About 100 volunteers helped chip away at an estimated 4,530 kilograms of garbage and tsunami debris on the remote beaches around Clayoquot Sound on Saturday, organizers said.
“It went really well, especially considering the weather and the rain,” said Kathy MacRae, director of marketing for Clayoquot Wilderness Resort. “The barbecue was a bit wet, but everyone came back with smiles on their faces and it was a fantastic day.”
Volunteers arrived from Vancouver, Victoria, Tofino, Uclulet and, in one couple’s case, Oregon, to join what was billed as the Flores Island Wildside Beach Clean Up.
Among the debris, they found water bottles and pieces of wood with Japanese script on them, thought to have travelled across the Pacific Ocean from Japan after the devastating March 2011 earthquake and tsunami.
The amount of garbage and debris collected has not yet been calculated.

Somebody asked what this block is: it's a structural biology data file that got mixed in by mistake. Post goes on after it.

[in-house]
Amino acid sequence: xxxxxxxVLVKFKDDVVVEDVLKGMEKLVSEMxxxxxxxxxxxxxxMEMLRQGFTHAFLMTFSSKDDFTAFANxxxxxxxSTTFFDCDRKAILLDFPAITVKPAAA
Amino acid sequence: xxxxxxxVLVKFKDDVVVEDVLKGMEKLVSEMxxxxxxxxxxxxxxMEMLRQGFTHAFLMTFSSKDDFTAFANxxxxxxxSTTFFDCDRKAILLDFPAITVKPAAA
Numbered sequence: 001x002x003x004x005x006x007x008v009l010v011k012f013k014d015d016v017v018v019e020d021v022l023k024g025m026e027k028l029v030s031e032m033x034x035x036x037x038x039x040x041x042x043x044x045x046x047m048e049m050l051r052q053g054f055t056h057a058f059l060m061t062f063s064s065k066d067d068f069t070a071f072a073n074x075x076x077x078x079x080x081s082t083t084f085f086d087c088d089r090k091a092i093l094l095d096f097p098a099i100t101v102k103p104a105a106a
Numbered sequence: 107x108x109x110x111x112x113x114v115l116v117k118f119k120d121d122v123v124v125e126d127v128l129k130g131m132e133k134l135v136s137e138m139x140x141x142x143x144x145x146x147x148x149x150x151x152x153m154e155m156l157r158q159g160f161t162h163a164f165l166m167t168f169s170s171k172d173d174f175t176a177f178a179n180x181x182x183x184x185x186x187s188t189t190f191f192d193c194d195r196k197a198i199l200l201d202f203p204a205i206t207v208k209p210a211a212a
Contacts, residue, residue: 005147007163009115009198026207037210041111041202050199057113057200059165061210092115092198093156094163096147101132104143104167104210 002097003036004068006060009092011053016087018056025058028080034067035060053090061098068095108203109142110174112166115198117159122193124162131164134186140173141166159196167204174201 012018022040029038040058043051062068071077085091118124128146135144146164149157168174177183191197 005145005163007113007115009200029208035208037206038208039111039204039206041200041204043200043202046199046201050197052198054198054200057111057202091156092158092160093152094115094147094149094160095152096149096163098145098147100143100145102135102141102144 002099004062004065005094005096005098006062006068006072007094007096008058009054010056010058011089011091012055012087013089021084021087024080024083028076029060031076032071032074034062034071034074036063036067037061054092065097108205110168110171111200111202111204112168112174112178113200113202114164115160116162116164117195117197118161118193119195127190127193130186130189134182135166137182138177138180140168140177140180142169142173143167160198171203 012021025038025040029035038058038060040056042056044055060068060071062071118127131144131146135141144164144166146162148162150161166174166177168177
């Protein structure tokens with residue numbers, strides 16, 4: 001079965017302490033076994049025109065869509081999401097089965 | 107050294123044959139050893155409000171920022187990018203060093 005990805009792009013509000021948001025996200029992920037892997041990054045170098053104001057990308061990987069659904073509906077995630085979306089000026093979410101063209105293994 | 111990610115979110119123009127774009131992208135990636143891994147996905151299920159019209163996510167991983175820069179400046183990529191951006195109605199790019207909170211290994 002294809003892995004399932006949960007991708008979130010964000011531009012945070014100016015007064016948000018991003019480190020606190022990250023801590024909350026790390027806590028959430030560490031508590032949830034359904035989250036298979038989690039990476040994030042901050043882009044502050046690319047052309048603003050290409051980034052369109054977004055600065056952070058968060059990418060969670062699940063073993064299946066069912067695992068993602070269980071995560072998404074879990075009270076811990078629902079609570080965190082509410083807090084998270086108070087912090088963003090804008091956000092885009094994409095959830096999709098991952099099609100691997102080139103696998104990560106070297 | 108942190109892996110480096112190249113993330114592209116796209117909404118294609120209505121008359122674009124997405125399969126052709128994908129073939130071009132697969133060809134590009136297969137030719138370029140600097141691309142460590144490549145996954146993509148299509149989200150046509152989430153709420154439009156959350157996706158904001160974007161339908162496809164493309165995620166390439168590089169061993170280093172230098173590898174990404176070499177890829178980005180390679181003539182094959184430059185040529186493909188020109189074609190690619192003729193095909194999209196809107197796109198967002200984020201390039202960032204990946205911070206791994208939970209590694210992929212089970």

“We haven’t done a final count yet,” MacRae said.
Members of the Ahousaht First Nation participated in the cleanup alongside volunteers organized by Clayoquot Wilderness Resort, Atleo River Air Service, Wildside Trail and Jamie’s Whaling Station.
Atleo identified areas in need of cleaning from the air. They provided access to remote areas via water taxis.
Long Beach Lodge Resort, which offered a reduced rate of $160 for double-occupancy rooms, was full for the weekend, MacRae said.
“They had a full house,” she said.
The Japanese government estimates that about 1.5 million tonnes of debris washed out into the ocean from northeast Japan in the aftermath of the tsunami.